The film’s mean streak is counter-balanced by mashed breasts, lathered legs & bare bottoms in not exactly seamless inserts. The softcore material was cut in place of tamer footage where the clothed or strategically photographed actresses likely went through less raunchy foreplay. The nonsense almost works if not for some nasty coarse edits, and the fact the stand-ins have their faces completely covered by long hair. Whether by design or purely the fashion during filming, the brunettes have long buoyant manes which only becomes a minor issue when it’s clear the bulk of the female bunch are similar looking, especially actresses Bishop and McRay.

Adamson’s love of westerns (plus his personal connection via his father, actor & stunt rope maestro Victor Adamson) pays off with some great shots of dry, cruel landscapes, and the grim finale amid surreal mushroom rock formations in Utah. Cardos’ stunt skills and second unit direction also add energy to the bookend scenes in which Sandy and Bill’s pal Jim (Geoffrey Land) hide out in a cave after their getaway convertible is shot up by Grace from her private plane. (John Cassavetes’ longtime art director and production designer Phaedon Papamichael also handled some second unit direction.)

The clarity and detail within Paul Glickman’s cinematography is hard to judge because of the damaged print sources, but the loose quality adds to the film’s raw veneer, as well as a slight docu-quality from the grungy Las Vegas locations. Also of note is the great / overblown main title song by James Mendoza-Nava (The Brotherhood of Satan, The Legend of Boggy Creek) and effective theme variations which give continuity to Adamson’s aforementioned erotic digressions.

Chaney’s role is small but important, playing Monti, a has-been stunt Hollywood performer reduced to shining boots for Grace. She’s a boss whom he knows will never love him nor treat him with much respect. Monti’s emasculation by Grace, booze, and his self-loathing add both gravitas and tragedy to Adamson’s effective but contrived revenge western and flipped genders of villains and victims, but it is tough to watch Chaney, as the actor was in terrible shape, due to throat cancer and a vicious alcohol addiction.


Special Features

A making-of interview featurette gathers McRay, Wynters, and Tamblyn who reminisce on the production and Adamson’s eccentricities, as do Cardos, and art director Michael Ferris & propman R. Michael Stringer, the latter two summarizing the production’s side-bump with the Manson gang.

In a prior DVD release, Code Red bundled Bunch as part of a triple-bill with Piranha / aka Piranha Piranha (1972) and Tarzana the Wild Girl (1969), but Severin’s pairing with the Blood & Flesh doc is ideal precisely because it features the type of work Adamson produced – reshoots, recuts, retitling, re-releasing and all.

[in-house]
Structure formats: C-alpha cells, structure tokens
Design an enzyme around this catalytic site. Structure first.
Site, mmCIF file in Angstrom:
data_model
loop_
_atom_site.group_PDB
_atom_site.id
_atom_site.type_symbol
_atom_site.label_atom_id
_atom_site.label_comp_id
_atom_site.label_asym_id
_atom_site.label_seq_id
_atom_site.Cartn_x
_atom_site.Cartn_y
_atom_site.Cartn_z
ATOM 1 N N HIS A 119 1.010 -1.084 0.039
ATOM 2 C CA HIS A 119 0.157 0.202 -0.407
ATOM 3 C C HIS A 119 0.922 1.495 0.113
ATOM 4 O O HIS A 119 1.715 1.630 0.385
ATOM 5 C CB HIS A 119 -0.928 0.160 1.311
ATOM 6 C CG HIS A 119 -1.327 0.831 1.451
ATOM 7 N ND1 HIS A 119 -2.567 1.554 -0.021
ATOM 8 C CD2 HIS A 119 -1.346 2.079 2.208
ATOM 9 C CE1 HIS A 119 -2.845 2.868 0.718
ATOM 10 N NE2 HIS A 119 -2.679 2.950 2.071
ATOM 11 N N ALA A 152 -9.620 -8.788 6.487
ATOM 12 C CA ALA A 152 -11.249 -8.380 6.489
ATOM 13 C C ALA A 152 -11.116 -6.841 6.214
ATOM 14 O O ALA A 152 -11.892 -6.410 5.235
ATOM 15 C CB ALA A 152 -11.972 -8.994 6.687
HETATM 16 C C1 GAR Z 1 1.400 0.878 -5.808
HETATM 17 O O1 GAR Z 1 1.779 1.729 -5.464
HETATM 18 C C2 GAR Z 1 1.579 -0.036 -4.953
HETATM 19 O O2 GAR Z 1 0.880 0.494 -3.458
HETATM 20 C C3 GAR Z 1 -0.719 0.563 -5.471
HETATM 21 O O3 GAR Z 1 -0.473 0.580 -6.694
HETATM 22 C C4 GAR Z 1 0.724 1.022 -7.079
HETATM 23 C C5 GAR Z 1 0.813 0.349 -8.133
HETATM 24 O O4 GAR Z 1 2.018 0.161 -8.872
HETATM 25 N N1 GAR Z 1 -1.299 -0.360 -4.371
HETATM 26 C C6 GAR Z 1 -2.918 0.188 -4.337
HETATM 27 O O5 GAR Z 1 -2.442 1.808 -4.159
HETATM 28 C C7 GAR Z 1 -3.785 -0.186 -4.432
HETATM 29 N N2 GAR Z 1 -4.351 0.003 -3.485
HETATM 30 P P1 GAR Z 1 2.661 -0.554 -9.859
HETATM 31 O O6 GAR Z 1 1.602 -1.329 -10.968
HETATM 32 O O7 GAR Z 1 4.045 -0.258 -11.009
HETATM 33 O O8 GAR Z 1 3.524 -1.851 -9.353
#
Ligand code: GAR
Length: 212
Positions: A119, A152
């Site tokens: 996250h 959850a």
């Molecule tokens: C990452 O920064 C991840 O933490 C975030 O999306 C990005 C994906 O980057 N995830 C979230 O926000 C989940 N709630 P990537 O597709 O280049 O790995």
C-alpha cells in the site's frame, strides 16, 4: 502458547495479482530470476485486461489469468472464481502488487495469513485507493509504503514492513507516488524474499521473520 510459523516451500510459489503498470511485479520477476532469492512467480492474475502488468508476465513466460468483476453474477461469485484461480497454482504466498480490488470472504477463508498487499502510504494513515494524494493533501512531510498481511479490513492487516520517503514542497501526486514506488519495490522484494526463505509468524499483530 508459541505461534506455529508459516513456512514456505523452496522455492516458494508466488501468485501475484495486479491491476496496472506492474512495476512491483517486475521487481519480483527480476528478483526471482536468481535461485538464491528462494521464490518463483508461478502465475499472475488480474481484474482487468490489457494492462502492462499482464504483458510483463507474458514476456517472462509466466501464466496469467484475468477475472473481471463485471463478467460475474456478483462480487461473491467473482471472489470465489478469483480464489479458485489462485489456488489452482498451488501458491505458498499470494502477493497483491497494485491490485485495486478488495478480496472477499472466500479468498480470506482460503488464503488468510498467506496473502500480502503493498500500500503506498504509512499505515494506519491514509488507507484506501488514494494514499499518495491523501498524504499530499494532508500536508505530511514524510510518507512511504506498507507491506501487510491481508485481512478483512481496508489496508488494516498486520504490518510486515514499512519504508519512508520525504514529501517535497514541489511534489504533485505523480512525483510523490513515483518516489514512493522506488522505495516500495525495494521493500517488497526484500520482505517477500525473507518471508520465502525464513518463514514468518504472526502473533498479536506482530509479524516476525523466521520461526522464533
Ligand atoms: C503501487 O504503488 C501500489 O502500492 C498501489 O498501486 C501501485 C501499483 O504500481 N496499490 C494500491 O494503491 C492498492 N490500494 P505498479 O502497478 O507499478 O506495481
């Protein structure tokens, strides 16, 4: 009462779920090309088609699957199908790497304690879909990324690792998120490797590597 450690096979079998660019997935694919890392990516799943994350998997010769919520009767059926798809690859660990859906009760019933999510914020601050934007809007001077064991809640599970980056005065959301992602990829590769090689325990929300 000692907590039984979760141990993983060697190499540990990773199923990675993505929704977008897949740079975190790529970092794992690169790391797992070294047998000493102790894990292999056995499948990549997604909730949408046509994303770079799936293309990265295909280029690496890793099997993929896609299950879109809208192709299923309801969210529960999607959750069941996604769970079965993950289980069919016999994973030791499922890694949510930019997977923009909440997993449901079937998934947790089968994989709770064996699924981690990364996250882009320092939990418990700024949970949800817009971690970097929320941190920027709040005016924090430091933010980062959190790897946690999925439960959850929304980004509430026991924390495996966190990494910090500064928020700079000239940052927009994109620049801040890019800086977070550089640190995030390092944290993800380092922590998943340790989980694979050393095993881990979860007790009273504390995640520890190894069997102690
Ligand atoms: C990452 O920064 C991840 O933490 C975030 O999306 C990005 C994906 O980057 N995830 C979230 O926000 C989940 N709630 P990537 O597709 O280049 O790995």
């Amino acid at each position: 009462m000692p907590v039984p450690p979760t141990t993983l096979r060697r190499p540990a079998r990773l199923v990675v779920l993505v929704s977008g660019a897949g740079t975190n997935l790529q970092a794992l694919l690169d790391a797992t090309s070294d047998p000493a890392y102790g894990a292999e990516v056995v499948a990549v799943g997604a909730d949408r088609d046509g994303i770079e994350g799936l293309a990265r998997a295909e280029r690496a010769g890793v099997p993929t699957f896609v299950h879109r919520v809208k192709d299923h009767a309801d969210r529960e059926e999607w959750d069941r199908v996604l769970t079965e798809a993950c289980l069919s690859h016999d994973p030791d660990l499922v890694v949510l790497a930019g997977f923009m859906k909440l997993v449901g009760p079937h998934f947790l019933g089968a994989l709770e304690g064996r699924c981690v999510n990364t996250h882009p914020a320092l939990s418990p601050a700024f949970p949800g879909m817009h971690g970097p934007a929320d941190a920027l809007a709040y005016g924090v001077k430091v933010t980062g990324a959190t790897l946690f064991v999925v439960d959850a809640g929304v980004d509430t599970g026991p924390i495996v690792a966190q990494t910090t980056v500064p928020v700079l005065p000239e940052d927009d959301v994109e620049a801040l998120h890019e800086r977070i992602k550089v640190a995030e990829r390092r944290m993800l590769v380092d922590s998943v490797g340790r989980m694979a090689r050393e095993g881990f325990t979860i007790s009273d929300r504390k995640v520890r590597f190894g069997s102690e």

The short bits of extended scenes collated in a separate gallery are more scene extensions which may have been cut from theatrical prints for pacing (or dropped due to damage), but it’s a shame they only survive in standard definition, stemming from the film’s VHS release (itself taken from a similarly garish but less rough & tumbled print).


Original (and amazing) U.S. poster


French poster


British PAL VHS art featuring no one recognizable


Japanese VHS art


VHS release featuring bogus photo shoot with absolutely no one from the film


If the doc offers a humane yet fascinating window into an indie director-producer with a flair for sexploitation & genuine grindhouse grew, The Female Bunch should tease connoisseurs into tasting other Adamson work, and perhaps soften his reputation a little. The double-bill of Blood & Flesh: The Reel Life & Ghastly Death of Al Adamson and The Female Bunch is also included in Severin’s gorgeous & limited Al Adamson: The Masterpiece Collection.

Stuntman & second unit director John ‘Bud’ Carlos’ work as director includes the cult classic Kingdom of the Spiders (1977), taking over the troubled Tobe Hooper shocker The Dark (1979), Empire Pictures’ The Day Time Ended (1979), and doing uncredited second unit work on Sam Peckinpah’s The Wild Bunch (1969).

Most of the actresses in The Female Bunch had relatively brief careers in film & TV. Jennifer Bishop also appeared in Outlaw Riders (1971), House of Terror (1973), William Grefe’s Impulse (1974), Adamson’s Jessi’s Girls (1975), and Grefe’s Mako: The Jaws of Death (1976), her final film. Leslie McRay had significant roles in Ted V. Mikels’ Girl in the Gold Boots (1968) and Bummer! (1973), and Susan Arnold became a producer, notably of Benny & Joon (1993), Grosse Pointe Blank (1997), and The Haunting (1999).

Starting with Satan’s Sadists (1969), future wife Regina Carrol appeared in almost all of Adamson’s films, whereas in addition to Sadists, Russ Tamblyn acted in Dracula v.s Frankenstein (1971) and U.S. Vice (1976).



© 2020 Mark R. Hasan





External References:
Editor’s BlogIMDBSoundtrack AlbumComposer Filmography

Vendor Search Links:

Amazon Canada Amazon USA Amazon UK



Tags: , , , , , , , , , , , , , ,

Category: Blu-ray / DVD Film Review

Comments are closed.